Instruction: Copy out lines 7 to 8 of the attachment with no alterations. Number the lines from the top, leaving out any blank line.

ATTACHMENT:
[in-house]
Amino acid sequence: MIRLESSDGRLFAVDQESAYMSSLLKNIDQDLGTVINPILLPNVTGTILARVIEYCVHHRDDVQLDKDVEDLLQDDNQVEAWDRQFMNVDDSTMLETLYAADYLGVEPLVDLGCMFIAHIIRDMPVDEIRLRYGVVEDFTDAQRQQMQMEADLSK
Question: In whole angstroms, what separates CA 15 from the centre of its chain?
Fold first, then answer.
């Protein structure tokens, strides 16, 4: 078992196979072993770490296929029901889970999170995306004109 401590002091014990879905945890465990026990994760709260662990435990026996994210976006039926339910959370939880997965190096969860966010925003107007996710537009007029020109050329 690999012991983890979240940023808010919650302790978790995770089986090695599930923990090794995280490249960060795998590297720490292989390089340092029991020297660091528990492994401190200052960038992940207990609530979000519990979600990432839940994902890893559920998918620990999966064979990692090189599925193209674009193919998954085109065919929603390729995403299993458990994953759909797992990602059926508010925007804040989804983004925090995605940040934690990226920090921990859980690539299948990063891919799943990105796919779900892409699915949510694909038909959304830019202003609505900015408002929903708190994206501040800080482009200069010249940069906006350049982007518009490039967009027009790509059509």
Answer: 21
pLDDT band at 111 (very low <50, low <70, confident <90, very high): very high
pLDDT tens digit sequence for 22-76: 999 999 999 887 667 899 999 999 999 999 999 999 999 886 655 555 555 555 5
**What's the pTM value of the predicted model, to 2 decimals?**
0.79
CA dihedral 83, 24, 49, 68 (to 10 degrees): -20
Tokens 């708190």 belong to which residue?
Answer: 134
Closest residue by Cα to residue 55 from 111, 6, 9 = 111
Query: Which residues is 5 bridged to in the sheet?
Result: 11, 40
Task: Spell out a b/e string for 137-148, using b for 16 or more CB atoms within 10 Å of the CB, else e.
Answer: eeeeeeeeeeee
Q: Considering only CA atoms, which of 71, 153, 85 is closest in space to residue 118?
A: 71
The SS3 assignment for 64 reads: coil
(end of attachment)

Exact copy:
pLDDT band at 111 (very low <50, low <70, confident <90, very high): very high
pLDDT tens digit sequence for 22-76: 999 999 999 887 667 899 999 999 999 999 999 999 999 886 655 555 555 555 5